The Warsaw Rising was fought over 63 days between 1st August and 2nd October 1944. An estimated 18,000 Polish insurgents lost their lives, as well as between 180-200,000 civilians – many during the mass executions conducted by the Nazi German troops in reprisals. On a private visit to Krystyna Skarbek’s grave earlier this year, Polish Foreign Minister Radosław Sikorski emphasized to me that the Home Army commanders were counting on the rapid advance of the Soviet army into the city when they took their decision to rise up. For Wanda Traczyk-Stawska and Hanna Koscia however, the fight was more personal than strategic. ‘We were children of the occupation – we wanted to be free and it was for this freedom that we fought so fiercely’, Wanda told Marianna Bukowski. Hanna was equally clear about her own motivations, telling me, ‘you have to understand how many people had already been killed, what the view was ahead of us… the reality of the situation was that you can’t give up when there is no good alternative for yourself or for others… We just simply had to fight’.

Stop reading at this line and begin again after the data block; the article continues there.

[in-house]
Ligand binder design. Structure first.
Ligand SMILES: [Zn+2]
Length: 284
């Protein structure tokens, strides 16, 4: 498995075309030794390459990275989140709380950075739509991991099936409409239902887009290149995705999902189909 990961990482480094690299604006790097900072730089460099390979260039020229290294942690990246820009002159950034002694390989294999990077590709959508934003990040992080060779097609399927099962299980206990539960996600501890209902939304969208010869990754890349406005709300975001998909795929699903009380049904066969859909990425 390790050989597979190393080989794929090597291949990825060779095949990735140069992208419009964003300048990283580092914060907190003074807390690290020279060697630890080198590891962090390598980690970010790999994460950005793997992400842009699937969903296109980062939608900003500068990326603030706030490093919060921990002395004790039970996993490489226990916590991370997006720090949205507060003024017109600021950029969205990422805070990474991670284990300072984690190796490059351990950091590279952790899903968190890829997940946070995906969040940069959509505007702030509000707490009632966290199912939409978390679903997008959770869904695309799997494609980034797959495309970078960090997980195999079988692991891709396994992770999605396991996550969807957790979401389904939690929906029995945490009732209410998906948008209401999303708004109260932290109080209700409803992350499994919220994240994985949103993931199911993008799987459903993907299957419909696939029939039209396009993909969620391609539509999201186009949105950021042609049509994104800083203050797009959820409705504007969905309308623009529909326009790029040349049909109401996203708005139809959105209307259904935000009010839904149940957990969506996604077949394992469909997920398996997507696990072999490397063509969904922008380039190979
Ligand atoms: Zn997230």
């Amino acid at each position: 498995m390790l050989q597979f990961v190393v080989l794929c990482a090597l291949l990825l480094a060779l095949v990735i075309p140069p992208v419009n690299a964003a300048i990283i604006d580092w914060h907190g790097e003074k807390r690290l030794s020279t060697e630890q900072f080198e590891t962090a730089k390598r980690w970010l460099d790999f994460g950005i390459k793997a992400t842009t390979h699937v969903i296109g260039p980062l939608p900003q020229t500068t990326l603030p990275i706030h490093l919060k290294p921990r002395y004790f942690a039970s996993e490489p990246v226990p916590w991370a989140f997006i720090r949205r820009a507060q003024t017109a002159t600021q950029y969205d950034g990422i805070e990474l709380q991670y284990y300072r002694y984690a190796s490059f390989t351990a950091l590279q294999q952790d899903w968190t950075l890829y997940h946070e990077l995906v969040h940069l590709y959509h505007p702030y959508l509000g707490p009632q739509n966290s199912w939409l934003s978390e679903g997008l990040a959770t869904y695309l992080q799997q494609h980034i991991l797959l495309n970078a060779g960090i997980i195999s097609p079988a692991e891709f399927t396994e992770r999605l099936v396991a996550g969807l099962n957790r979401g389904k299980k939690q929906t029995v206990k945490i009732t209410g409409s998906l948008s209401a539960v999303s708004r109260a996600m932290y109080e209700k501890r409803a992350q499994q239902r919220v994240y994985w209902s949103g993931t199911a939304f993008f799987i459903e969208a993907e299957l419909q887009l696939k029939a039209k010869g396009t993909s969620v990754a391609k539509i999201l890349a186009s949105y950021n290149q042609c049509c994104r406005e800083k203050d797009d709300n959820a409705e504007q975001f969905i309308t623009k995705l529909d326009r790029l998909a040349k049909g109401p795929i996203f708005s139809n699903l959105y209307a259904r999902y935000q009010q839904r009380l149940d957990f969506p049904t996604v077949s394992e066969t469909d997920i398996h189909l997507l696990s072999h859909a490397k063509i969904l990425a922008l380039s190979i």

Similar Posts

Thursday, 28 August 2014

Hide and Seek

This month The Folio Society republished one of the great memoirs of the Second World War; Xan Fielding’s Hide & Seek. Described by Antony Beevor as, ‘one of the great modern books not just of the Cretan resistance; it is one of the great books of the Second World War’, Hide & Seek recounts with powerful immediacy, humour and unsparing honesty the drama, tedium, exhilaration and anguish of organising reconnaissance and resistance behind enemy lines on Crete.

The Folio Society's new edition of 
Xan Fielding's Hide & Seek,
courtesy of The Folio Society
I first read Hide & Seek when I was researching my biography of Krystyna Skarbek, aka Christine Granville, the first woman to work for Britain as a special agent during the war. Christine had saved Xan’s life, at huge personal risk, in the summer 1944 while they were both serving in occupied France. Xan never forgot his debt, and dedicated Hide & Seek to Christine’s memory, so I was thrilled when Folio asked me to write the introduction for their new edition of the book. I now had the chance to look more deeply into the other side of the story, reading around Xan’s life and talking to many people who knew him.